Museum-goers who'd like to see some Post-Impressionist paintings -- without standing in line at the National Gallery -- have an unexpected treat in store.
The Freer Gallery of Art has just opened a new gallery devoted to 28 paintings, pastels and drawings of Thomas Wilmer Dewing (1851-1938), one of the dozen American painters Freer knew, admired and collected. Freer sought, he said, contemporary art that would be "at home" with the spirit of refinement he found in Oriental art, which the Freer was built to house. That spirit pervades not only the paintings but every aspect of this fine little show.
Dewing, who seems to have painted nothing but elegant women engaged in genteel pursuits (playing an instrument, holding a flower, reading a book, looking into a mirror or just standing), is also represented in the National Gallery's "Post-Impressionism" extravanganza as one of a group of turn-of-the-century American painters -- John Twachtman, Childe Hassam and James McNeill Whistler among them -- who were influenced by the Impressionists and opposed to the prevailing academic tradition of Bierstadt, Church and others.
Like many of the others, the Boston-born Dewing was trained at the Academie Julian in Paris and in Munich, where he learned a mastery of classical draftsmanship and precise rendering that never left him. He did explore the new possibilities opened up by the French impressionists, and in the course of his career gradually adopted Impresionist color and stippled brushstroking. But the final results suggest that he was less concerned with breaking down light and color than he was in adopting the superficial look of the new technique to heighten the mood of utter tranquility that pervades his work.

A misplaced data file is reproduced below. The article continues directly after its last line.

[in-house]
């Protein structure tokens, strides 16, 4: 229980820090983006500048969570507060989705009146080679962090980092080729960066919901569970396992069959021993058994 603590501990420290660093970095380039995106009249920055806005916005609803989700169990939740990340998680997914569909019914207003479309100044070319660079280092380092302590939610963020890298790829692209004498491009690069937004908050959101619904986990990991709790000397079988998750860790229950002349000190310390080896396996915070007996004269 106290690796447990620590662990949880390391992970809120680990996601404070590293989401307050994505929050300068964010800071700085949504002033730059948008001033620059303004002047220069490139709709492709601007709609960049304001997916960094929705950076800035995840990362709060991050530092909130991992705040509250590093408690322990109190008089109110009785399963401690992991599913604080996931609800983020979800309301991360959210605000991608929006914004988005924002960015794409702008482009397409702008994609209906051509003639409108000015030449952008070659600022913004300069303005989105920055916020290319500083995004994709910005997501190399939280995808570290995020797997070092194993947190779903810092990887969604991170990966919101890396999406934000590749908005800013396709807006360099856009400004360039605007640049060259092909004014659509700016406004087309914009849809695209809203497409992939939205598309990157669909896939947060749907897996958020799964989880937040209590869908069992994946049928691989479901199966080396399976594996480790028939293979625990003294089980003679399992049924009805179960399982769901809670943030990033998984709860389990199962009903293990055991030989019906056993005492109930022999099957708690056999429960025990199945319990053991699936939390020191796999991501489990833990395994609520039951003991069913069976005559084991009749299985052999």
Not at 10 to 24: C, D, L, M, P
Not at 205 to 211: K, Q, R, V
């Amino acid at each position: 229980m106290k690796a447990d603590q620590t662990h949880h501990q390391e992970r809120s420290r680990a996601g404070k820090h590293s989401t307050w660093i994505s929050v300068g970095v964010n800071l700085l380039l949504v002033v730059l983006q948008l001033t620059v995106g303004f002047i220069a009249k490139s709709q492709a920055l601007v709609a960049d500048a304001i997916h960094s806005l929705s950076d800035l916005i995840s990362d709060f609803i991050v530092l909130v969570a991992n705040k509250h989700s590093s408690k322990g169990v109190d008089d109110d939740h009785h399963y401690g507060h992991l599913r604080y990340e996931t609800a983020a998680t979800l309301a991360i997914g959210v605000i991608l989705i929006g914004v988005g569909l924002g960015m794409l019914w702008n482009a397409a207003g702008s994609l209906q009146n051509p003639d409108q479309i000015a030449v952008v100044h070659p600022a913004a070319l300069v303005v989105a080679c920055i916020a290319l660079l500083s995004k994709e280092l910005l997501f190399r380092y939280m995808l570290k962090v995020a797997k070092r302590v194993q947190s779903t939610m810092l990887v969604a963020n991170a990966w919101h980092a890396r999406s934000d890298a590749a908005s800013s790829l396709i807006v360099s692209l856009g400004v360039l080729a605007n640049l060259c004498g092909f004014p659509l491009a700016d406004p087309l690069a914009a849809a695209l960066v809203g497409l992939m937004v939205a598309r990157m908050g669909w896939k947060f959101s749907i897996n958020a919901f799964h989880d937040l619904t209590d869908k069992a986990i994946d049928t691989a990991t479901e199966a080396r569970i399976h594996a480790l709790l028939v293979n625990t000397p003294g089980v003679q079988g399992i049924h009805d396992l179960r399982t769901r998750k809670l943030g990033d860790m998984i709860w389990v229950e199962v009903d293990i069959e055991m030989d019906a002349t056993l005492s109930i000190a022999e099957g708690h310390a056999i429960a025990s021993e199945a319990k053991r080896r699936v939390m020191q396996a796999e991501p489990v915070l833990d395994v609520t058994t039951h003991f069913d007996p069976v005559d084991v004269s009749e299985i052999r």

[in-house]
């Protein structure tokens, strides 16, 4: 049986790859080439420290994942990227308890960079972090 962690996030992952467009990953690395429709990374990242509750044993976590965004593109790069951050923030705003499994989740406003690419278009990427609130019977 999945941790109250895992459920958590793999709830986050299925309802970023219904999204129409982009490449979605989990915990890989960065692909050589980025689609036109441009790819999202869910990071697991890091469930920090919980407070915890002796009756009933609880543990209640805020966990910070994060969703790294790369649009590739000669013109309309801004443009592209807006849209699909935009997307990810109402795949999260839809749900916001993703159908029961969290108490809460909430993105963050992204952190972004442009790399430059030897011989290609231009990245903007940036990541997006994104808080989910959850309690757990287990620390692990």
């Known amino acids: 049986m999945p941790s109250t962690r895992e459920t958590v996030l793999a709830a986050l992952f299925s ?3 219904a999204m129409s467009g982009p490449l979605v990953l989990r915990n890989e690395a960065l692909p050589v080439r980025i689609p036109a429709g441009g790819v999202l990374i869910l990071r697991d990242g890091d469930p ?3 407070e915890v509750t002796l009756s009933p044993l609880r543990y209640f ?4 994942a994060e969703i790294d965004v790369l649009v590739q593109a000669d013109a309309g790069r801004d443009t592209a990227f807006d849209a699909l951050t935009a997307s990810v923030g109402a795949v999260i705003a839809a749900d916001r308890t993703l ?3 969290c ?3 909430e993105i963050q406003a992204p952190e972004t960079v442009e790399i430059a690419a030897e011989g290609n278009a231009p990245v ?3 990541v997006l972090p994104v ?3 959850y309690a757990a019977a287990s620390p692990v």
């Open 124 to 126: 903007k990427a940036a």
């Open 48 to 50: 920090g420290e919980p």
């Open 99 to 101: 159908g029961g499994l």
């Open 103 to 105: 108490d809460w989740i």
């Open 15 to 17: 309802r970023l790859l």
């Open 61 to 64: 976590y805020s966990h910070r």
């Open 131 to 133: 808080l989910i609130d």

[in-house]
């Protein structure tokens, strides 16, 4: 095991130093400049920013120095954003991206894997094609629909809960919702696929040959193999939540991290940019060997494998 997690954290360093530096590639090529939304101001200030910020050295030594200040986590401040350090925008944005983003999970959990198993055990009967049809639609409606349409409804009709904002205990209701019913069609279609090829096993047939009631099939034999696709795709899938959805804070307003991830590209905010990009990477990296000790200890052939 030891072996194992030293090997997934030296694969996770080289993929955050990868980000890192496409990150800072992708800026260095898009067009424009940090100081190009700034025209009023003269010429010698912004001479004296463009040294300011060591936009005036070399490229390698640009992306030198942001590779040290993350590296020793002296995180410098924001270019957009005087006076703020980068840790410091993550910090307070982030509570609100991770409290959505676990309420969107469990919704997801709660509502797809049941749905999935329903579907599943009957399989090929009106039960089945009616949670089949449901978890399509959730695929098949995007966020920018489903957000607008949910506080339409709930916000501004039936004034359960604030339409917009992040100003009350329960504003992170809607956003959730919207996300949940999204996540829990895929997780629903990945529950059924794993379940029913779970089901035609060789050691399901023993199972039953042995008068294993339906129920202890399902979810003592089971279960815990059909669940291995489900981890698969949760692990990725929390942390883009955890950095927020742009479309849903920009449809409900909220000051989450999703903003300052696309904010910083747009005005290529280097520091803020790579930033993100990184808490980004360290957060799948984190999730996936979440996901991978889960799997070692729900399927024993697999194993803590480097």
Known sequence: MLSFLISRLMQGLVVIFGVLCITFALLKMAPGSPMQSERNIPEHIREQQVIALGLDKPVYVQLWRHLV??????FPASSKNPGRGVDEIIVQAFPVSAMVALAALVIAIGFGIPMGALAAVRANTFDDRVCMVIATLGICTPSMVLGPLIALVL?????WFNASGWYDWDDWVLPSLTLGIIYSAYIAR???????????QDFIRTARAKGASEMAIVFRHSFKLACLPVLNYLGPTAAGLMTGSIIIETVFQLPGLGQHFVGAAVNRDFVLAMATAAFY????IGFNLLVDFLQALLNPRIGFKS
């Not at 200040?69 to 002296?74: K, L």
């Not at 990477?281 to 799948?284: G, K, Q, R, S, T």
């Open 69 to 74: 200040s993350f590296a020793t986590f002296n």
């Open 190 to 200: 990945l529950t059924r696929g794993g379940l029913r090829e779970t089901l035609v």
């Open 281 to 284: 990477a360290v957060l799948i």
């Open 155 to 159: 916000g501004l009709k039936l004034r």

He did this with great success in some paintings, notably the seated and standing figures of women in the various gowns he kept on hand for his models to pose in. In most of the larger sylvan scenes, however, the women seem to be made of real substance, while the air and light around them dissolve into froth. Dewing was a fine painter, and while his pictures are endlessly soothing and give great visual and visceral pleasure, they do not, by any means, bespeak a revolt. Rather, they reflect the prevailing aesthetic of his time: beauty for its own sake.
Dewing played a special role in Freer's life, and helped him decorate his manse in Detroit. One of the lunettes he painted for the Freer parlor is on view here. Another painting of a woman looking into a mirror was made around the time Freer sent Dewing a new book about the Dutch painter Vermeer, who often used the mirror device in his work. All of this information is provided in exemplary labels beside each work, written by none other than Freer director Thomas Lawton. "We want people to see and enjoy what we have in the way of American art," says Lawton, and he has done everything possible to see that they do.
The Dewing gallery is but one of three new installations devoted to Freer's American collection. There is one devoted to other American Impressionists, Dewing's friends and contemporaries, and another to Whistler, the man who started Freer off on collecting Oriental art. There are large, deliciously comfortable sofas and a fresh coat of paint to enhance the pure pleasure of looking while sitting down. Even Whistler's famous "Peacock Room" now has sofas, plus a growing collection of blue-and-white porcelain to decorate the walls.
The Dewing installation will remain on view through January.